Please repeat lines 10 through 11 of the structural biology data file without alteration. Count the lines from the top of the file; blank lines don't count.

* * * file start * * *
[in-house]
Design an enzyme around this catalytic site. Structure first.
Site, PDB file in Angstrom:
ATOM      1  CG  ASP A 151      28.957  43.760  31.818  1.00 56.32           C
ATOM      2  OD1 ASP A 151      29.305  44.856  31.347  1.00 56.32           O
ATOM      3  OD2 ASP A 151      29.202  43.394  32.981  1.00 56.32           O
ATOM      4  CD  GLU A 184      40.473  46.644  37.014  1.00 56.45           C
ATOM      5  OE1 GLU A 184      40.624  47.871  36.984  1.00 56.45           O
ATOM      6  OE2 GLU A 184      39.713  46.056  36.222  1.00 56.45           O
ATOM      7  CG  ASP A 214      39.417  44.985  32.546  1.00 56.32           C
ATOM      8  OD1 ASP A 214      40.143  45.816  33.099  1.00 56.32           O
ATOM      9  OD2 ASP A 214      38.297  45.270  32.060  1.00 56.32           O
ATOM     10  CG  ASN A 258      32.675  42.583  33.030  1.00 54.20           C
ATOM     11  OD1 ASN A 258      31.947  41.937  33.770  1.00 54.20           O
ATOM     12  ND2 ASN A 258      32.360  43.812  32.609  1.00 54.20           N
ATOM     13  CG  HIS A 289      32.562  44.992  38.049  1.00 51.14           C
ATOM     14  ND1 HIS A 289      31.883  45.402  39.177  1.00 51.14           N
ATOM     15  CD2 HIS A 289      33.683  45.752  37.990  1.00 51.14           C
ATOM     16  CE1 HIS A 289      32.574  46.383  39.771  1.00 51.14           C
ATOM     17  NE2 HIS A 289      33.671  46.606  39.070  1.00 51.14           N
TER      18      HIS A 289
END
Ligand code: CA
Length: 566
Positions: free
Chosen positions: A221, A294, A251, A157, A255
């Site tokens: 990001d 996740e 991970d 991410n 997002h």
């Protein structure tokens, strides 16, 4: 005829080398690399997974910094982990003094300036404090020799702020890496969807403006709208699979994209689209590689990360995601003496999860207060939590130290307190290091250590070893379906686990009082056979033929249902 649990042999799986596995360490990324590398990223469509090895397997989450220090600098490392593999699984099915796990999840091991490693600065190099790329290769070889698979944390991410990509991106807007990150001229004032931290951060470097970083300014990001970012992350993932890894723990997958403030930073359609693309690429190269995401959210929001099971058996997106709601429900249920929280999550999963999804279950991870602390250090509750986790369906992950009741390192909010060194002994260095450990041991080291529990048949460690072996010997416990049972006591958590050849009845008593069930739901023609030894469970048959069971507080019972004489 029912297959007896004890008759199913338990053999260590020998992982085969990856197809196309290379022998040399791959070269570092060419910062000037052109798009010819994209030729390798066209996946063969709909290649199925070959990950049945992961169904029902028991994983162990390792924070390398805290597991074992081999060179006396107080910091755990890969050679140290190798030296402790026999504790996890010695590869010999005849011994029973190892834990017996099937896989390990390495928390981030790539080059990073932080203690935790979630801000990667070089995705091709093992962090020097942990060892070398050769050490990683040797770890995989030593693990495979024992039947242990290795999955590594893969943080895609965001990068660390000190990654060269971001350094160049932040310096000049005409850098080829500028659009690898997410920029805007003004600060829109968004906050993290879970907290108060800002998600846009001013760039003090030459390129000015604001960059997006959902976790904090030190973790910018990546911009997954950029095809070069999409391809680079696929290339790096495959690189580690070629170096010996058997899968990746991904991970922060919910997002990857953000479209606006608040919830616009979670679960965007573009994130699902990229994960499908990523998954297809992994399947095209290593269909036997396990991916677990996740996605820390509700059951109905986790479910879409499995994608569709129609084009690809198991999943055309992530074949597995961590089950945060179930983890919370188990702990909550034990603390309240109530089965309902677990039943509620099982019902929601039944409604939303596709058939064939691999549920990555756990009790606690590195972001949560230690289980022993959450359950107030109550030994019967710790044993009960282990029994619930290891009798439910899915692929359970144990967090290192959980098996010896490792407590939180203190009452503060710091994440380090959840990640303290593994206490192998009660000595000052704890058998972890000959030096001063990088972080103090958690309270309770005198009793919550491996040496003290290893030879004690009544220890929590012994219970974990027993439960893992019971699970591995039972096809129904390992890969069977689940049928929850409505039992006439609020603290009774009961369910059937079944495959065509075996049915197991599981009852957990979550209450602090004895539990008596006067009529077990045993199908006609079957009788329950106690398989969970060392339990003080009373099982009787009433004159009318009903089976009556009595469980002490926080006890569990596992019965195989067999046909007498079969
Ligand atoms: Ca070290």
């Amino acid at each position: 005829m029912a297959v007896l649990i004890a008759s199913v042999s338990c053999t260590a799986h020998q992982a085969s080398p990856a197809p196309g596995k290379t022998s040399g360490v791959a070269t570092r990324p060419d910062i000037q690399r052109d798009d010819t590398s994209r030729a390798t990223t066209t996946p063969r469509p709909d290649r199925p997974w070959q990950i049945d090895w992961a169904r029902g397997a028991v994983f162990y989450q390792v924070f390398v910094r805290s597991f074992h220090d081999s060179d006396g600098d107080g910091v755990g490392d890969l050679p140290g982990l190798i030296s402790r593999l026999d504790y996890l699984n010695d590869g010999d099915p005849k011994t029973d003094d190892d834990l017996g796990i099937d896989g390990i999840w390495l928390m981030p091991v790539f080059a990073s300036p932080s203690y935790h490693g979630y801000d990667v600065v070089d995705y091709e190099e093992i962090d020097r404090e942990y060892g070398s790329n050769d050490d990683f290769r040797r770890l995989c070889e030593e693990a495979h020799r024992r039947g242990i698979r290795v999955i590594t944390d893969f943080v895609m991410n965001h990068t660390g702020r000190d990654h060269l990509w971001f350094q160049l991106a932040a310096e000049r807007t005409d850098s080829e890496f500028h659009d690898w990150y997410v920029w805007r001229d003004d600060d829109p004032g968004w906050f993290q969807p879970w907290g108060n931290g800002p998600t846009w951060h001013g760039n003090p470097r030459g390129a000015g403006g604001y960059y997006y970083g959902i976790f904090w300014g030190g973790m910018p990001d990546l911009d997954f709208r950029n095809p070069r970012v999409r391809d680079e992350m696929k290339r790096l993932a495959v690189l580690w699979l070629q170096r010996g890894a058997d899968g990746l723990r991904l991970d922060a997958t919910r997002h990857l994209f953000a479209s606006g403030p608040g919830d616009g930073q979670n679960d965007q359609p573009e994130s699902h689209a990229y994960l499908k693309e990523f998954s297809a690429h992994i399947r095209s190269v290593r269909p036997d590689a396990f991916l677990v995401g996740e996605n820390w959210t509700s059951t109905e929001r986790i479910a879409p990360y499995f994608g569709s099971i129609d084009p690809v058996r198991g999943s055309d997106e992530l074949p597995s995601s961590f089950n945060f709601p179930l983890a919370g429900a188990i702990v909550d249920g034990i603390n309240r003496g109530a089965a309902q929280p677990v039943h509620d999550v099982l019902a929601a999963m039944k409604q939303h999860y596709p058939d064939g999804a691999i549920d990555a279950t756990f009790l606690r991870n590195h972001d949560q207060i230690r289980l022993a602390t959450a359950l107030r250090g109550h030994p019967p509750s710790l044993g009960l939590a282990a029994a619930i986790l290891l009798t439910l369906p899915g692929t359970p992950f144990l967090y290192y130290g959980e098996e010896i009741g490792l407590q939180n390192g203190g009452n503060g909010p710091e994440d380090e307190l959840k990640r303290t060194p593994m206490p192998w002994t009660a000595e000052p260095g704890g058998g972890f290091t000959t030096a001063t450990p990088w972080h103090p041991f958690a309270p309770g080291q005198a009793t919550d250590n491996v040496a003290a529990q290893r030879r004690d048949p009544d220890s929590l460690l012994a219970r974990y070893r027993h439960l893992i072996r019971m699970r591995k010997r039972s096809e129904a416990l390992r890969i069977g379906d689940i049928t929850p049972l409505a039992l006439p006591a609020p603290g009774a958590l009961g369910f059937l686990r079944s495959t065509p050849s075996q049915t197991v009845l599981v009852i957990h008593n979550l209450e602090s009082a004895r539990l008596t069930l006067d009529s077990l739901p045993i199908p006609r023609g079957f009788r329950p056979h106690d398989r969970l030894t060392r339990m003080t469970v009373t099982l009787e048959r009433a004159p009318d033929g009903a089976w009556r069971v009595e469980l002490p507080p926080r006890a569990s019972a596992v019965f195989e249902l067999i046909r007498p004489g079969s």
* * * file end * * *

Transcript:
ATOM      7  CG  ASP A 214      39.417  44.985  32.546  1.00 56.32           C
ATOM      8  OD1 ASP A 214      40.143  45.816  33.099  1.00 56.32           O